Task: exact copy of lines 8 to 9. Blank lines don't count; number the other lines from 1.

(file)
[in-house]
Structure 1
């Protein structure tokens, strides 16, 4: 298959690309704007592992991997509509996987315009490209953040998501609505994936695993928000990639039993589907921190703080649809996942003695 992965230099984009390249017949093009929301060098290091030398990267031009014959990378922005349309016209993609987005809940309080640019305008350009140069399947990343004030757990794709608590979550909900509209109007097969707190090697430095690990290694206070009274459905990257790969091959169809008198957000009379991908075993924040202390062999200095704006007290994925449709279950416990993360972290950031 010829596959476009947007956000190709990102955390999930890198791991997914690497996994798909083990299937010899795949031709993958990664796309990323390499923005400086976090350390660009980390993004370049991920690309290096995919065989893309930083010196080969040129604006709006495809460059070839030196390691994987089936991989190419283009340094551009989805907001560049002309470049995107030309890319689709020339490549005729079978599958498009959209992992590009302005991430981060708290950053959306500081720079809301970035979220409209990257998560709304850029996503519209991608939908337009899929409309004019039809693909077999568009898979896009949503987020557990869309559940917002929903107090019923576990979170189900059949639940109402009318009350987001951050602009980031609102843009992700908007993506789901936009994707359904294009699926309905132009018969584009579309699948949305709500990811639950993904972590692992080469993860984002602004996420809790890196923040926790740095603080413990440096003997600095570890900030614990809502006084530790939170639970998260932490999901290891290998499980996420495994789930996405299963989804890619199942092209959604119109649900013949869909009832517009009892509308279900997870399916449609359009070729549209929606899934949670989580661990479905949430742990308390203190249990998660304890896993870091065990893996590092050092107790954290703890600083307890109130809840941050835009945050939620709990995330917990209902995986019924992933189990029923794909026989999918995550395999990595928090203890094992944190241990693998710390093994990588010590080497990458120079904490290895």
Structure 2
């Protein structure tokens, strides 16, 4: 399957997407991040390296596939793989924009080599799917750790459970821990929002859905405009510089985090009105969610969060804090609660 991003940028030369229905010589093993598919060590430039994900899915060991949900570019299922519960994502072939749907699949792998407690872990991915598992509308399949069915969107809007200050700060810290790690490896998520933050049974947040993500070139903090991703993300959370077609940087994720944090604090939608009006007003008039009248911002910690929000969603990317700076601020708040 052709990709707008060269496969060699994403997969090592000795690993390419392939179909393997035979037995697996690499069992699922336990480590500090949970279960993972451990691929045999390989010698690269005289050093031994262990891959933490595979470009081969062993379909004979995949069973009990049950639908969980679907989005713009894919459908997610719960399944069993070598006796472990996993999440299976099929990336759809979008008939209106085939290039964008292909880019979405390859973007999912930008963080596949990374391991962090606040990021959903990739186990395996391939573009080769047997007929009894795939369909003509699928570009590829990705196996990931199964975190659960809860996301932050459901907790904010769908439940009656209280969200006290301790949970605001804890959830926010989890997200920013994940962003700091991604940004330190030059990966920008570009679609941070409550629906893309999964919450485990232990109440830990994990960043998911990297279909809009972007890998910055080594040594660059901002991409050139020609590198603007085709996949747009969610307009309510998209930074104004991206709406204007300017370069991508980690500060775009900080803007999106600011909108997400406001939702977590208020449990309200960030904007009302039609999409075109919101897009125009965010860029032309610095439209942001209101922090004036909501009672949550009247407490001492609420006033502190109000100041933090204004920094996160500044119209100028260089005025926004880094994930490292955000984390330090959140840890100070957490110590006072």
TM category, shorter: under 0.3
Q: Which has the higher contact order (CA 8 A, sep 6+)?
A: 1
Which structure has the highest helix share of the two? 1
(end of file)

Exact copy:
A: 1
Which structure has the highest helix share of the two? 1